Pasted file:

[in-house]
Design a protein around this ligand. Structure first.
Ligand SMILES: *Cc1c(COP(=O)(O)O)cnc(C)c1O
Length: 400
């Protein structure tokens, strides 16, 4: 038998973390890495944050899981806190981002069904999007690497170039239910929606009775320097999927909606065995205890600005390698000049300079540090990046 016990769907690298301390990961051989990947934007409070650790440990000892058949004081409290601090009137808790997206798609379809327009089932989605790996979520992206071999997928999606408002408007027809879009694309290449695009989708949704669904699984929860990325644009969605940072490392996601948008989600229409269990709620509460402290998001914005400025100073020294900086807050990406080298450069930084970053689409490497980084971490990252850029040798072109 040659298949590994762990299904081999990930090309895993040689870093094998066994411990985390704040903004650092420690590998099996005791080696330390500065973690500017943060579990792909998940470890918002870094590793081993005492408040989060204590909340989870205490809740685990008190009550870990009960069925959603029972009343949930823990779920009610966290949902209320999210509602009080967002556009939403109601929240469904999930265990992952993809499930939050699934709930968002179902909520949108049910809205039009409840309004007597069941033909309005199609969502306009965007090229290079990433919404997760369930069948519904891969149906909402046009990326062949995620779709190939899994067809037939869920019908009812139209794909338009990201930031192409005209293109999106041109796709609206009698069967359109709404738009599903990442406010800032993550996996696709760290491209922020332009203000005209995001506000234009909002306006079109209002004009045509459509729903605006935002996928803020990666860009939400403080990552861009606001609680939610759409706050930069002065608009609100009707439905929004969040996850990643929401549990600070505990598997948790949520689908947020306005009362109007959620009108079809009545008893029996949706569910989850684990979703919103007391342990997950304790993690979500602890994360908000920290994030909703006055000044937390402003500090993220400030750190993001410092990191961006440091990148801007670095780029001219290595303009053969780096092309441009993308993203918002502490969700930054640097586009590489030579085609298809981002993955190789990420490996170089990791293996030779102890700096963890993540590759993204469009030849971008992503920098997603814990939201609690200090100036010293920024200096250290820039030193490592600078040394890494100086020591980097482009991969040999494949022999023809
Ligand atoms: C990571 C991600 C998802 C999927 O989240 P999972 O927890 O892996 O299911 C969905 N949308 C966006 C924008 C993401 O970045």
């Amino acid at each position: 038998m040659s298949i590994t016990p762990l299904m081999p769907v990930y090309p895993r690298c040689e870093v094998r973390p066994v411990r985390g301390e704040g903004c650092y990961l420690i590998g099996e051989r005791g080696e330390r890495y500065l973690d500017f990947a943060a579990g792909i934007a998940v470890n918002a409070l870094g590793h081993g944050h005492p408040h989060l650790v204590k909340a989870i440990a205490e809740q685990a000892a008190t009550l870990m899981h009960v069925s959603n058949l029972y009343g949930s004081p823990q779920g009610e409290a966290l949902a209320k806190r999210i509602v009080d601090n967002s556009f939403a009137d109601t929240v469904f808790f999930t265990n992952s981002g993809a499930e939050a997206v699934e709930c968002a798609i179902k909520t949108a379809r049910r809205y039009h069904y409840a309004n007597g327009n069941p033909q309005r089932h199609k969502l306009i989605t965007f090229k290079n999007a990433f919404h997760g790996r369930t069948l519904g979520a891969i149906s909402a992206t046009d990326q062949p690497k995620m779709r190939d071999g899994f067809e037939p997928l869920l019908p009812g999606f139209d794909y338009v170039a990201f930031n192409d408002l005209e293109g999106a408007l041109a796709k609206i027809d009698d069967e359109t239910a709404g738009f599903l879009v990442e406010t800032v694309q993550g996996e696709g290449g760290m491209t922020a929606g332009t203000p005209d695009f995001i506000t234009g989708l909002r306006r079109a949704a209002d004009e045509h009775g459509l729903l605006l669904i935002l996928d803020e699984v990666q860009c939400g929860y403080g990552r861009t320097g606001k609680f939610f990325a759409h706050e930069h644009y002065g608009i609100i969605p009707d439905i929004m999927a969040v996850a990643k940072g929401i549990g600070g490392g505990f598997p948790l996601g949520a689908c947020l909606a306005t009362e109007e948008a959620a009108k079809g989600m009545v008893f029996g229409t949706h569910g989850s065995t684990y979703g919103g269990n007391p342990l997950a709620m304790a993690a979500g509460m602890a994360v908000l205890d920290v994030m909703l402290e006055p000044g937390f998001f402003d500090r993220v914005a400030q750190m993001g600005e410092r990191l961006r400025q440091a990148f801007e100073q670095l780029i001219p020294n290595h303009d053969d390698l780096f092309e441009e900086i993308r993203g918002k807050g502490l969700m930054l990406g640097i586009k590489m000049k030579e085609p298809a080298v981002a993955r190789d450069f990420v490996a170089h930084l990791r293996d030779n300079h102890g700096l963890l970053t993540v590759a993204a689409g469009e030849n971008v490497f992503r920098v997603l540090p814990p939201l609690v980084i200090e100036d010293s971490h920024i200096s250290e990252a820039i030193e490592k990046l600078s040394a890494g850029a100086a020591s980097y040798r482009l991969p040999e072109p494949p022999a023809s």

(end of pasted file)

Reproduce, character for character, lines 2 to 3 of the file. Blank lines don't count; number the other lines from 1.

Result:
Design a protein around this ligand. Structure first.
Ligand SMILES: *Cc1c(COP(=O)(O)O)cnc(C)c1O